Children Exposed to Cleaning Products More Likely to Develop Asthma: New Study

The findings of a new study indicate that frequent exposure to common household cleaning products may increase a child’s risk of developing asthma or other respiratory problems. According to the study, published this week in the Canadian Medical Association Journal, the highest level of exposure to household cleaning products like dish soap, dishwasher detergent or glass cleaner during the first three or four months after birth was associated with a 37% increased risk of asthma by the time the exposed child turned three years old. Childhood exposure was also associated with other chronic respiratory issues, including a 35% increased risk of a recurring wheeze.

Infants at Risk for Asthma, Recurring Wheeze

The researchers involved in this new Canadian study used data from the Canadian Healthy Infant Longitudinal Development Cohort Study, which looked at how often 26 household cleaning products were used in the homes of 2,000 children from birth to age three or four months. The researchers used this information to determine how closely frequent household cleaner use was related to a diagnosis of chronic asthma, wheezing or allergic sensitization, when compared to less frequent use. The household products parents used most often in the study included dish soap, dishwasher detergent, glass cleaners, laundry soap and multi-surface cleaners.

The children involved in the cohort study were followed up with at age three to determine whether they had asthma, a recurring wheeze, allergic sensitization or other respiratory problems. According to the study authors, infants with the highest levels of exposure to popular cleaning products during the first few months of their lives had a 37% increased risk of being diagnosed with asthma and a 35% increased risk of suffering from a recurring wheezing by age three. The highest risk of asthma and wheezing was tied to sprayed and scented products and the researchers also found that females faced a greater risk of asthma or wheeze than males. Additionally, the researchers noted that they found a link in children who were not exposed to secondhand smoke, which eliminated that as a potential contributing factor in their respiratory issues.

Childhood Asthma in the U.S.

Childhood asthma is a leading cause of emergency department visits, hospitalizations and missed school days among children across the United States. In children with asthma, the lungs and airways become inflamed when they are exposed to triggers, such as pollen and the chemicals in certain cleaning products. Sadly, there is no cure for childhood asthma and the symptoms associated with asthma in childhood can continue into adulthood. “Our findings add to the understanding of how early life exposures to cleaning products may be associated with the development of allergic airway disease and help to identify household behaviors as a potential area for intervention,” the researchers in this study wrote.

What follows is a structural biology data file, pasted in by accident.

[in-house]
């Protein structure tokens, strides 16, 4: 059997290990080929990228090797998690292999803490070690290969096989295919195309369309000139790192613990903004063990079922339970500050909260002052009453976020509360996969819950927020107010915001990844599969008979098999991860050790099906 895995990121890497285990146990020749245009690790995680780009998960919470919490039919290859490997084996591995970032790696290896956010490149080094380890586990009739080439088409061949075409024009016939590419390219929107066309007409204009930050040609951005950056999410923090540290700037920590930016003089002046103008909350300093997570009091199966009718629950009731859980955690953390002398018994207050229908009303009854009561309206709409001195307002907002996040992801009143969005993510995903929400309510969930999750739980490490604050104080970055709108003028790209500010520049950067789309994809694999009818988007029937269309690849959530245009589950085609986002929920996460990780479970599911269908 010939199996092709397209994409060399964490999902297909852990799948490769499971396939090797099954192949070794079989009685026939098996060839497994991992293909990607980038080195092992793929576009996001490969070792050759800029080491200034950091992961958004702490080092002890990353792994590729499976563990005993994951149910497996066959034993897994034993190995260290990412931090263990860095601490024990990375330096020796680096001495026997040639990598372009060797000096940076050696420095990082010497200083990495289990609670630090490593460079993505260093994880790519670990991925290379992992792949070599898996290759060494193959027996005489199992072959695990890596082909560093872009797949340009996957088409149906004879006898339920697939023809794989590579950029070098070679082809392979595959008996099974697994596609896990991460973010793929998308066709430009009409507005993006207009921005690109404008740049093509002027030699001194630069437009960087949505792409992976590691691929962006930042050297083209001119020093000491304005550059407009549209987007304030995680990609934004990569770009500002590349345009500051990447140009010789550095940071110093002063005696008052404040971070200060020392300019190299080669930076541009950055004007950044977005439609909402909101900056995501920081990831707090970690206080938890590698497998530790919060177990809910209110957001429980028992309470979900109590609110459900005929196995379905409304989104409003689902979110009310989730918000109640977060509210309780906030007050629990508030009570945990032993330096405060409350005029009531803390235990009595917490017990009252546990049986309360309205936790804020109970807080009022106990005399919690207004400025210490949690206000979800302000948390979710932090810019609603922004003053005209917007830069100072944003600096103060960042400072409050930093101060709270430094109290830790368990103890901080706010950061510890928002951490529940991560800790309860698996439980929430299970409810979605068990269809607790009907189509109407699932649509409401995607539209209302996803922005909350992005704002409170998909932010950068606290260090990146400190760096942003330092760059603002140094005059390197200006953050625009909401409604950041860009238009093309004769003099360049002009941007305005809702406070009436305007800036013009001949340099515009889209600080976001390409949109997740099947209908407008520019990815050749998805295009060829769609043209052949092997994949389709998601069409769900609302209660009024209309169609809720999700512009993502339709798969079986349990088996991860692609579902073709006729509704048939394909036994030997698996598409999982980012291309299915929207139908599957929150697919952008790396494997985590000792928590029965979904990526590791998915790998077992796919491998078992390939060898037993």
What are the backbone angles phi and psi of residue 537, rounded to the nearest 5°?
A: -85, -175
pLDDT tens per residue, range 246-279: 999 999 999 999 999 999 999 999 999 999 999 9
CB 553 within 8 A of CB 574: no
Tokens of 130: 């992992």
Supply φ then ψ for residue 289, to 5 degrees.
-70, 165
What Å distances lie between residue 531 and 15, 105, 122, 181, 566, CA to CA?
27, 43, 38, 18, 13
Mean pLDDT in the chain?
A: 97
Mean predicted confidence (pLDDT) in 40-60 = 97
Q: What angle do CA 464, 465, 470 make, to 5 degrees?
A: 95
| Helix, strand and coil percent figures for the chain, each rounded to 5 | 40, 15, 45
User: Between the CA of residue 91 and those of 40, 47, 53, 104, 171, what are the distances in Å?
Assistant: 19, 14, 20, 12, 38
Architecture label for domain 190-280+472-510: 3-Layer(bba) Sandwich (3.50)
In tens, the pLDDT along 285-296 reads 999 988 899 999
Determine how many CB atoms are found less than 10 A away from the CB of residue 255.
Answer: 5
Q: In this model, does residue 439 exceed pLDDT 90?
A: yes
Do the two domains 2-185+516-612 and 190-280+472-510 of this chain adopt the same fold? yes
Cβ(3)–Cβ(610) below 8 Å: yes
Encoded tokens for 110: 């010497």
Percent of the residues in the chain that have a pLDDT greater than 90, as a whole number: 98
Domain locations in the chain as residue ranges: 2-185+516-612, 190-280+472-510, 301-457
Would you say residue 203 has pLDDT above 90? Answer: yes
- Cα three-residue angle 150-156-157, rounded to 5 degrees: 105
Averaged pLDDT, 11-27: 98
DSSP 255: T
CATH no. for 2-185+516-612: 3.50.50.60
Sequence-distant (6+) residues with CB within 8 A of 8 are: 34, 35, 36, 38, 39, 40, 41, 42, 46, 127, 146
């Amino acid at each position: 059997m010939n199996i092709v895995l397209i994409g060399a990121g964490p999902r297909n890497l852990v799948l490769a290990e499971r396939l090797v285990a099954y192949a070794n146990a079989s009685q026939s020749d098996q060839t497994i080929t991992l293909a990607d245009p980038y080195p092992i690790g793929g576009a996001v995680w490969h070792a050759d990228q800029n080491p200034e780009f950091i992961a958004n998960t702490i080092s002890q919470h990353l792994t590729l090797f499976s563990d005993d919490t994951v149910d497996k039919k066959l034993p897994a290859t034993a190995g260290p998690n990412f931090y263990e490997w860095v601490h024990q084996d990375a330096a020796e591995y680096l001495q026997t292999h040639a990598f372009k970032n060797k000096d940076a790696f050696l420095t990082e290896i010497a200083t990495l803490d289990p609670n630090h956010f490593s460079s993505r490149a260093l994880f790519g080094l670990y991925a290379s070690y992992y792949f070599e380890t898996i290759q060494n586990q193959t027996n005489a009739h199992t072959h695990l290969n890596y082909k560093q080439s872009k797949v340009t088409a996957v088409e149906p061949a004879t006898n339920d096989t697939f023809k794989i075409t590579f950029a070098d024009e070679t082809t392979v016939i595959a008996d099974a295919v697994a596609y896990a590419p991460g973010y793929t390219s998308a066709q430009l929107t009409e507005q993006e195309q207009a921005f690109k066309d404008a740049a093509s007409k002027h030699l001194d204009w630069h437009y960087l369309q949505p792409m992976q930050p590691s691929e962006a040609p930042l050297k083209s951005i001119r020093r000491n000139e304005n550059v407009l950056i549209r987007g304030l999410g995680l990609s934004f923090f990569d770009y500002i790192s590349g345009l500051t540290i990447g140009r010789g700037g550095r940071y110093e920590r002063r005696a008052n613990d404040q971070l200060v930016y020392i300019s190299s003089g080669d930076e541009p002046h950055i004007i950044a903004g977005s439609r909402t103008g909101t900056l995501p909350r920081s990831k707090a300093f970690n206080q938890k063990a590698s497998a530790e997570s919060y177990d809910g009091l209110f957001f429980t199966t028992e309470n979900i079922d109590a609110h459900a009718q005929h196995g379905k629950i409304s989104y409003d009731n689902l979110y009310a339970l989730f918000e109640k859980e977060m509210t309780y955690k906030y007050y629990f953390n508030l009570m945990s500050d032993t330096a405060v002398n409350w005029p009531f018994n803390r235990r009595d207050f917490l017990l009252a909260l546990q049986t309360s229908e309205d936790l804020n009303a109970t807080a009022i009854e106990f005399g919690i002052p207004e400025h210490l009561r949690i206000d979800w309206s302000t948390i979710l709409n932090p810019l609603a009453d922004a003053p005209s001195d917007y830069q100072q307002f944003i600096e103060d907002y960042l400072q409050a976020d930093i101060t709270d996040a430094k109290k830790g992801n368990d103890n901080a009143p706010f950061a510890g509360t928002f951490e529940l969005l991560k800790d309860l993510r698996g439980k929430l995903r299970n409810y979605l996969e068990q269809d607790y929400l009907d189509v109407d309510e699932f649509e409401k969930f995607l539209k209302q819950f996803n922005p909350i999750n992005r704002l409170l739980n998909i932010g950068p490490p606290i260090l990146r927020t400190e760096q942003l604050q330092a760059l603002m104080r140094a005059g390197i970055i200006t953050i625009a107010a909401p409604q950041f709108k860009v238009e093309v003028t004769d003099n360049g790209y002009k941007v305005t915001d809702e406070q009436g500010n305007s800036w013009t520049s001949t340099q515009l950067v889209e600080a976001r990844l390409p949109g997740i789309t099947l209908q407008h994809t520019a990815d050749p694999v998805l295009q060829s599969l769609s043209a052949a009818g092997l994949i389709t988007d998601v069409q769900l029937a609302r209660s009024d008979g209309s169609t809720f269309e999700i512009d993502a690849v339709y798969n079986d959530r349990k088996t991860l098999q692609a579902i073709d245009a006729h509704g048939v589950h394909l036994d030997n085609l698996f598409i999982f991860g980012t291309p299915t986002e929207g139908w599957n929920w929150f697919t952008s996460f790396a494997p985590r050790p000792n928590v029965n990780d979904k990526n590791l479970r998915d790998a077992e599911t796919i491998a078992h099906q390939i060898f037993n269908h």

Infants Especially Vulnerable to Respiratory Issues

This isn’t the first time researchers have looked at the possible connection between exposure to widely used household cleaning products and the development of asthma and other respiratory problems. However, while previous research has focused on exposure to household cleaning products and asthma in adults, this latest study specifically looked at exposure and related harm in infants. According to lead author Dr. Tim Takaro, professor of health sciences at Simon Fraser University in Canada, infants are especially vulnerable because:

  • Their respiratory and immune systems are still developing,
  • They have rapid respiratory rates and their small size means they are more affected by smaller exposures to household cleaning agents than older children, and
  • They spend the majority of their time indoors and come in regular contact with surfaces where cleaning products are used.

Says Takaro, “Based on what we know about this type of exposure with the multiple chemicals known to contribute to asthma, the complexity of asthma and allergic disease, and findings from other studies, we, as researchers, weren’t surprised [by the results of the study]. However, we think parents will be.”

Preventing Exposure to Harmful Cleaning Products

“Society has conditioned us to believe that a home needs to smell of cleaning products in order to be ‘clean,’” says Takaro, “but that’s not the case.” According to the study authors, parents can reduce their children’s risk of asthma and other lung problems by avoiding the use of cleaners with volatile organic compounds, bleach and ammonia and those with natural fragrances, opting for simple cleaning solutions instead. Parents should also ensure that the house is adequately ventilated when using household cleaners, especially around children.

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